Diseases of the pancreas -Acute pancreatitis

Diseases of the pancreas-  Acute pancreatitis

Acute pancreatitis

Acute pancreatitis


 Clinical presentation

Acute pancreatitis is characterized by an acute episode of epigastric to central abdominal pain, usually of rapid onset. The pain often radiates into the middle of the back. In some instances the patient may complain of vomiting; however, this is not a constant feature. There may be a history of significant alcohol consumption (>40 g/day) or the presence of gallstones. Examination reveals a person in distress from the pain and varying signs of shock, dependent on these verity of the attack. Vital signs may range from totally normal to severe hypotension, tachycardia and tachypnoea. Abdominal examination will reveal tenderness in the epigastrium, and, depending on severity, there may be signs of peritonism. A tender mass may be palpable and abdominal distension evident due to a developing ileus. In severe cases, flank ecchymosis (Grey–Turner sign) or periumbilical ecchymosis (Cullen’s sign) may be seen.



The diagnosis of acute pancreatitis is made on the clinical features and demonstration of an abnormally elevated serum amylase. Amylase is one of the major enzymes of the pancreas. It is also present in salivary glands but has a different molecular size. Damage to the pancreas is associated with a release of amylase into the bloodstream, demonstrating a rapid rise in the serum level. The amylase is then rapidly cleared from the serum; therefore, the peak is only short-lived (i.e. 24 hours). For this reason, the rise in the amylase level does not correlate with the severity of pancreatitis because there is no way of predicting the timing of the sample to coincide with the peak amylase level. Other enzymes have also been used for the diagnosis of pancreatitis, including serum lipase and serum trypsinogen levels. These investigations are more difficult to perform and, therefore, in most institutions, reliance is placed on serum amylase estimation. As all of these enzymes are cleared from the serum by the kidneys and excreted in urine, estimation of urinary enzyme levels (i.e. urinary amylase or lipase) can be used to assist in the diagnosis in patients where there may be some doubt. The peak rise for the urinary levels occurs 24–48 hours later than the serum peaks and hence allows for subsequent estimation. The severity of pancreatitis is estimated by determining systemic criteria, which have been shown by carefully conducted studies to relate to outcome. The more of these positive systemic criteria, the greater is the severity of illness. These objective criteria are named after their originators and are known as Ranson or Imrie (Glasgow) scores. In addition, a more general. A contrast-enhanced CT scan in a patient with severe acute pancreatitis. It demonstrates an area of hypoperfusion that reflects necrosis of the pancreas score, which is also used for other severely debilitating conditions, is the APACHE II score, which may be used. If three or more of the Ranson/Imrie criteria or eight or more of the APACHE II criteria are abnormal, then pancreatitis is defined as severe. Criteria that are measured include systolic blood pressure, Pao2, creatinine, blood sugar level, urea, albumin, calcium, white cell count and level of liver transaminases. A positive score for each is registered when an abnormal value is detected within the initial 48 hours of the disease. Structural changes of the pancreas may be demonstrated using computed tomography (CT), and when this is combined with contrast to perform a contrastenhanced CT scan, areas of necrosis can be visualised, thus determining the degree of local complications.The optimal time for the CT is approximately 5 days after the onset of the disease. CT scan is also used to determine the presence or absence of fluid collections and pseudocysts. Ultrasound is used to determine any evidence of gallstones in the gall bladder.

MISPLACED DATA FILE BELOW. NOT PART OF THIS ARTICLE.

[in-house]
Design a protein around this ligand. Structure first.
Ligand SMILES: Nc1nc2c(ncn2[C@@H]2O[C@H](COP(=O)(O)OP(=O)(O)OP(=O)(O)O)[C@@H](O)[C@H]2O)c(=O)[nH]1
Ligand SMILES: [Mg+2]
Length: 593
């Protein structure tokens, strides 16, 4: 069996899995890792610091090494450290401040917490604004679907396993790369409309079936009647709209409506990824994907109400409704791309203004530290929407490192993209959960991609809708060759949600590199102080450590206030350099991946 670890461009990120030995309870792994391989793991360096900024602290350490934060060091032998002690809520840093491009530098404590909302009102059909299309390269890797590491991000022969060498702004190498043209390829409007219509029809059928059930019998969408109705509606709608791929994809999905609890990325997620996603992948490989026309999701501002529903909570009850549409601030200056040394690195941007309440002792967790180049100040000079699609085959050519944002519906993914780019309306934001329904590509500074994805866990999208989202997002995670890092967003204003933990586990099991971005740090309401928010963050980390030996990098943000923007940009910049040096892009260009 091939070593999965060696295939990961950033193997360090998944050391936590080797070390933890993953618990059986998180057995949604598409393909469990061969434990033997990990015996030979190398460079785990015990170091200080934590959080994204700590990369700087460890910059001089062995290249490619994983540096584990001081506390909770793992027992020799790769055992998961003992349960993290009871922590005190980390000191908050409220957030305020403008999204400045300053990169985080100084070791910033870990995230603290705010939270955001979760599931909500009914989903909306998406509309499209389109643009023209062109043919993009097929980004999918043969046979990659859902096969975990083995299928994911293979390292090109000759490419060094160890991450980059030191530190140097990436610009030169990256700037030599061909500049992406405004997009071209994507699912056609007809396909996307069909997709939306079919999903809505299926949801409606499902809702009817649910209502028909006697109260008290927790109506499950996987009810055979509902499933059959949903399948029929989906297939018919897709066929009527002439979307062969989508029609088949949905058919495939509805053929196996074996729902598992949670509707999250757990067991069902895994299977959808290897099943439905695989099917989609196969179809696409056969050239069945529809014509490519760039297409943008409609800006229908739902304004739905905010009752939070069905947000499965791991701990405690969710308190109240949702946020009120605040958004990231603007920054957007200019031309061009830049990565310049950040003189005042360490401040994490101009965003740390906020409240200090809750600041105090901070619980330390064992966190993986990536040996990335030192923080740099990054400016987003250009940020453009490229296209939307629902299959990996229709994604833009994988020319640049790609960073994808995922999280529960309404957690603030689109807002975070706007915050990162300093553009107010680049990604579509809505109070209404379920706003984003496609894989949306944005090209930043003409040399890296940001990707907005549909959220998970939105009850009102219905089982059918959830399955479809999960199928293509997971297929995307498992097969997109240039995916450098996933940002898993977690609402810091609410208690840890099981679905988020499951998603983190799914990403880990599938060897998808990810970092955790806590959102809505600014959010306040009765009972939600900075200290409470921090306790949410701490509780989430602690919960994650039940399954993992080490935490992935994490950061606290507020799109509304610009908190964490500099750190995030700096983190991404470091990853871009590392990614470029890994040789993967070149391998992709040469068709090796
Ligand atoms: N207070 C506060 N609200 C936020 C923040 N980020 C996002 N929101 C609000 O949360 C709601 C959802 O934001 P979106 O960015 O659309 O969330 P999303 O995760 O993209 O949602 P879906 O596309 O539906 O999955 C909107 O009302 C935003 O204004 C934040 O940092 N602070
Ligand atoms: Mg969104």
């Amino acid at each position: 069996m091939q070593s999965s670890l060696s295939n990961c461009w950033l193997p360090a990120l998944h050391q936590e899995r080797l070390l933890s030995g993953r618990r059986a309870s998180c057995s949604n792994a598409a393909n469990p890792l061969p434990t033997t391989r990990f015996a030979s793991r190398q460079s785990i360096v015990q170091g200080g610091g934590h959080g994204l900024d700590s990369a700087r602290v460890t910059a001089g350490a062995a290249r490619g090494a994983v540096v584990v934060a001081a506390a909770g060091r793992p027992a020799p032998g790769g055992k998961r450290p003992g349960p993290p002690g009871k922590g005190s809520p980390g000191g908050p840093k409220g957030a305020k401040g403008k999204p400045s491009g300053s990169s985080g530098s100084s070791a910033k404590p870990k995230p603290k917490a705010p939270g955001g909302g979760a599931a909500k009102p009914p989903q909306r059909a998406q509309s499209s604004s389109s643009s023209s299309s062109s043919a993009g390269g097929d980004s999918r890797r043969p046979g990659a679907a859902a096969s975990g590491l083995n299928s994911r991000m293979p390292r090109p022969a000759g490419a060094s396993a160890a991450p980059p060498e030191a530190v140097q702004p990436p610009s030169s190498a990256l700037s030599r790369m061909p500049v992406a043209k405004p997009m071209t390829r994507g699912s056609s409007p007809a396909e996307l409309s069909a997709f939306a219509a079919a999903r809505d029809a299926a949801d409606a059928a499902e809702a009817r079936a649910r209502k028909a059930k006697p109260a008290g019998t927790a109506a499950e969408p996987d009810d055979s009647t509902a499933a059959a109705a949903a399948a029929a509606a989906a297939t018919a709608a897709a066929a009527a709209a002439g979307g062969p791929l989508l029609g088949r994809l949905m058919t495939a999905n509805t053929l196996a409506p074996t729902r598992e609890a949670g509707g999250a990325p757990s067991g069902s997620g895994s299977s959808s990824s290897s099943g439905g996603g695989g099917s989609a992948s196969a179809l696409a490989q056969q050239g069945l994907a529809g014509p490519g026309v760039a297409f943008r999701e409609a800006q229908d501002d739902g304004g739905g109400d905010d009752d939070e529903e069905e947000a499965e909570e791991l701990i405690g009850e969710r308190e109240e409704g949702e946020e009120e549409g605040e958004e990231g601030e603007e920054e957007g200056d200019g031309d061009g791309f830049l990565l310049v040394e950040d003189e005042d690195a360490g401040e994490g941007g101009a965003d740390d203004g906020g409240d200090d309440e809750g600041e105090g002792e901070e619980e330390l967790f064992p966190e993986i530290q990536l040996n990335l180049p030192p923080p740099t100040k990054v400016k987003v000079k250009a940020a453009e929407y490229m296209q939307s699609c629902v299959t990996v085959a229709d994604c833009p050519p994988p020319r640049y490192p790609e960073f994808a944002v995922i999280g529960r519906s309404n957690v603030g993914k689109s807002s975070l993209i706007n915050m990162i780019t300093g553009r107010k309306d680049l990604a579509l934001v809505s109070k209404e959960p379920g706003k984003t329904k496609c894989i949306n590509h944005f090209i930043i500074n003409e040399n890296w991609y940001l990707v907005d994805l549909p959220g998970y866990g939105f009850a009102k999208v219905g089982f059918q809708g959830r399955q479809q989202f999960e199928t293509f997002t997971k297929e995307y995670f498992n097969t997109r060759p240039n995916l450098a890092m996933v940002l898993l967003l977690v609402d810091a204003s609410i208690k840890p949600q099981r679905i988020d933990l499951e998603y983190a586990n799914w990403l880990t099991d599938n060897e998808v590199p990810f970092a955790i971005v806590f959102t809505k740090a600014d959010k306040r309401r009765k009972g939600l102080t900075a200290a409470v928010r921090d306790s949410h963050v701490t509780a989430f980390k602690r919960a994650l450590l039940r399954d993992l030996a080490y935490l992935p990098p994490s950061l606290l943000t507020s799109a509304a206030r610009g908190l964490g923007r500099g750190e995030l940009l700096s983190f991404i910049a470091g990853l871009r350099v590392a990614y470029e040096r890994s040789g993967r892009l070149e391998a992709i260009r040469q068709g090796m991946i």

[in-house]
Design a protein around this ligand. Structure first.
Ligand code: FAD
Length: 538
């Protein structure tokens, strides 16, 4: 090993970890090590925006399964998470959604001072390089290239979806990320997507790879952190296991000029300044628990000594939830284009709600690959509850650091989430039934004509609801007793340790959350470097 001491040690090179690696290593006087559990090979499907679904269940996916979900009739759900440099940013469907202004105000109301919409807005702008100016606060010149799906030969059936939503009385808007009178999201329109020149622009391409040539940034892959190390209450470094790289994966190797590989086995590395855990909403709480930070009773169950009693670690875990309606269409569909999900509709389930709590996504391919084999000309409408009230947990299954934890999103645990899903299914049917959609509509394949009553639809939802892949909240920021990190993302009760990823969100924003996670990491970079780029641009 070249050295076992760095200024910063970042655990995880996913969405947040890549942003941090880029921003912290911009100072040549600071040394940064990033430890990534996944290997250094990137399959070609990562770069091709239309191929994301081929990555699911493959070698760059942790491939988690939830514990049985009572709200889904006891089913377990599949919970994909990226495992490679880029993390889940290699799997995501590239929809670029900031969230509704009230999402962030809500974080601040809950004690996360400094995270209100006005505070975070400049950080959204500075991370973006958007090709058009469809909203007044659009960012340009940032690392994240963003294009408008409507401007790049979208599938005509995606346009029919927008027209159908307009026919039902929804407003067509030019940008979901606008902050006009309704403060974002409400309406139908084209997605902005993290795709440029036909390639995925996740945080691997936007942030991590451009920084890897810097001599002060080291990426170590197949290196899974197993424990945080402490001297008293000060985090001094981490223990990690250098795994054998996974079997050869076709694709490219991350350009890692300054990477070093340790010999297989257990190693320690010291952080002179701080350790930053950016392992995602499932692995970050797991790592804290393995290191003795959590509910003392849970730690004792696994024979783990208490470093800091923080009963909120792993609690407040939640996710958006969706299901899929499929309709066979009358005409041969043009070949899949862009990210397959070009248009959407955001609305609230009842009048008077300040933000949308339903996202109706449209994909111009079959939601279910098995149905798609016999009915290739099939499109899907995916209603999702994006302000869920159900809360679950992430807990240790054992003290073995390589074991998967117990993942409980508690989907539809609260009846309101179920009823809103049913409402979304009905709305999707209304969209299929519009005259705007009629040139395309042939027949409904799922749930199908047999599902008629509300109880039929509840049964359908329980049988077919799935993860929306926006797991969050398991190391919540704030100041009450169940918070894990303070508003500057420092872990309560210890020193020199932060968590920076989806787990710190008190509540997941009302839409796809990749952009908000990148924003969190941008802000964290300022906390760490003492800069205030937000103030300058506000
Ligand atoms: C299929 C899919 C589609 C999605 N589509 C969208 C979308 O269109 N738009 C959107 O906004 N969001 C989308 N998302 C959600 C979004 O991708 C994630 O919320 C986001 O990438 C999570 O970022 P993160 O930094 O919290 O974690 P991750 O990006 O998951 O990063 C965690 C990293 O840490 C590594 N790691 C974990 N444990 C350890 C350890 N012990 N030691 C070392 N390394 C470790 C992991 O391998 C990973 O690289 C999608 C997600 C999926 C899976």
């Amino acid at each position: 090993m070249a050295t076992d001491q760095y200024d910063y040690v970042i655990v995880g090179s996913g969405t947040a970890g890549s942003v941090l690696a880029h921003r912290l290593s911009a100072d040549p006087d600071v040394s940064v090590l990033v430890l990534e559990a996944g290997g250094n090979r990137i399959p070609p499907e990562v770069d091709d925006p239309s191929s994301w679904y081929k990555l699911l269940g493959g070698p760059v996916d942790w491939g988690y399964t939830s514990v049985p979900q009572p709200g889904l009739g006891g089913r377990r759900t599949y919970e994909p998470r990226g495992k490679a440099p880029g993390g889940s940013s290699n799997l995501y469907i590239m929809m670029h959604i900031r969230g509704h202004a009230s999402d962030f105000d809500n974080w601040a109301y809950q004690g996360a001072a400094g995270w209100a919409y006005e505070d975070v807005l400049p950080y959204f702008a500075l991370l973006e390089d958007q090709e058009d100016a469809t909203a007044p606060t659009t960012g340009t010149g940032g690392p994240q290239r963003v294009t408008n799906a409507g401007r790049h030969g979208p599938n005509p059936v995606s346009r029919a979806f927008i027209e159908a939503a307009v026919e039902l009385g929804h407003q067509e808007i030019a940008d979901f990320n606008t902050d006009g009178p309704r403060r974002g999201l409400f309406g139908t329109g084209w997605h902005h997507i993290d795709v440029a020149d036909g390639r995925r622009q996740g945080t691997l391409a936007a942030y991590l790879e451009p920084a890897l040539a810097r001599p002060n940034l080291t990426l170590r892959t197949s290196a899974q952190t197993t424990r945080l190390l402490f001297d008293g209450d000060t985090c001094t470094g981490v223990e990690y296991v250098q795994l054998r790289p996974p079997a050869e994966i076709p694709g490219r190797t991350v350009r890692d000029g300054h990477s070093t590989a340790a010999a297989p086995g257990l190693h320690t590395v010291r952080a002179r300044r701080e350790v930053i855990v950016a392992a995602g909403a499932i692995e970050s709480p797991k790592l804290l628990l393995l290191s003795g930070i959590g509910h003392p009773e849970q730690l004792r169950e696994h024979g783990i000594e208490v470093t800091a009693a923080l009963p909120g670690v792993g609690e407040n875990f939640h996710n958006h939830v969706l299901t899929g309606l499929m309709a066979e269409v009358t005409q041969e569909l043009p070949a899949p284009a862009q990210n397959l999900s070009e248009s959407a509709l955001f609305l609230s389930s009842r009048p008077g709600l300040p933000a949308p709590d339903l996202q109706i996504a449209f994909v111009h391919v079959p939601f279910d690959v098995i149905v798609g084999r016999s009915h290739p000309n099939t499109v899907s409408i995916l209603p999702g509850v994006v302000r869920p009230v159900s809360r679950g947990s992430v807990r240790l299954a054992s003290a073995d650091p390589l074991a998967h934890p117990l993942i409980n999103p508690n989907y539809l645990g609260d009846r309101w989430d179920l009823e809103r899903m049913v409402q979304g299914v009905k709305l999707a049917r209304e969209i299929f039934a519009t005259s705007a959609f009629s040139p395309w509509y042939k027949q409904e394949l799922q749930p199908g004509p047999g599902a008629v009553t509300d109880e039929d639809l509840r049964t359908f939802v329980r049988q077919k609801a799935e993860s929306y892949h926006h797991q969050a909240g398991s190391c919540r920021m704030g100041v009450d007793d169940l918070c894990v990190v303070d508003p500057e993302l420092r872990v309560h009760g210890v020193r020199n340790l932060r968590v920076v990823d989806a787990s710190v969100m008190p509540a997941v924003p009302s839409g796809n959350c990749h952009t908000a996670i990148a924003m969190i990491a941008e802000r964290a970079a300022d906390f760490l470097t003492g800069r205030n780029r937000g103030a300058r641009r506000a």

The treatment of a patient with acute pancreatitis is directed four ways: general, local, complications and cause.